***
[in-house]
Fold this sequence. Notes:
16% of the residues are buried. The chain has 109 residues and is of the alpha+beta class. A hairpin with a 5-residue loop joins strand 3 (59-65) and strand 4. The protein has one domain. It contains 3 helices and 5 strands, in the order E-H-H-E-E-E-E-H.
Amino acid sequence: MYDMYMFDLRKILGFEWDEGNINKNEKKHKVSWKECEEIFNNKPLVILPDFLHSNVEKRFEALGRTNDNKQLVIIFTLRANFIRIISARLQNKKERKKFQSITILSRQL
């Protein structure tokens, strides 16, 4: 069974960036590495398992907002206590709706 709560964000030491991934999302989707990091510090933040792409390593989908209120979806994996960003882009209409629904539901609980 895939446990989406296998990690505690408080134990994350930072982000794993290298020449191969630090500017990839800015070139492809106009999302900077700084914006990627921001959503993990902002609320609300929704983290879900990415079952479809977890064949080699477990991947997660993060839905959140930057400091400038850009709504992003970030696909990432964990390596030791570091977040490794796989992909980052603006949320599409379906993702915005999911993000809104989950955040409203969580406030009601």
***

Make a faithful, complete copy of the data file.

[in-house]
Fold this sequence. Notes:
16% of the residues are buried. The chain has 109 residues and is of the alpha+beta class. A hairpin with a 5-residue loop joins strand 3 (59-65) and strand 4. The protein has one domain. It contains 3 helices and 5 strands, in the order E-H-H-E-E-E-E-H.
Amino acid sequence: MYDMYMFDLRKILGFEWDEGNINKNEKKHKVSWKECEEIFNNKPLVILPDFLHSNVEKRFEALGRTNDNKQLVIIFTLRANFIRIISARLQNKKERKKFQSITILSRQL
């Protein structure tokens, strides 16, 4: 069974960036590495398992907002206590709706 709560964000030491991934999302989707990091510090933040792409390593989908209120979806994996960003882009209409629904539901609980 895939446990989406296998990690505690408080134990994350930072982000794993290298020449191969630090500017990839800015070139492809106009999302900077700084914006990627921001959503993990902002609320609300929704983290879900990415079952479809977890064949080699477990991947997660993060839905959140930057400091400038850009709504992003970030696909990432964990390596030791570091977040490794796989992909980052603006949320599409379906993702915005999911993000809104989950955040409203969580406030009601």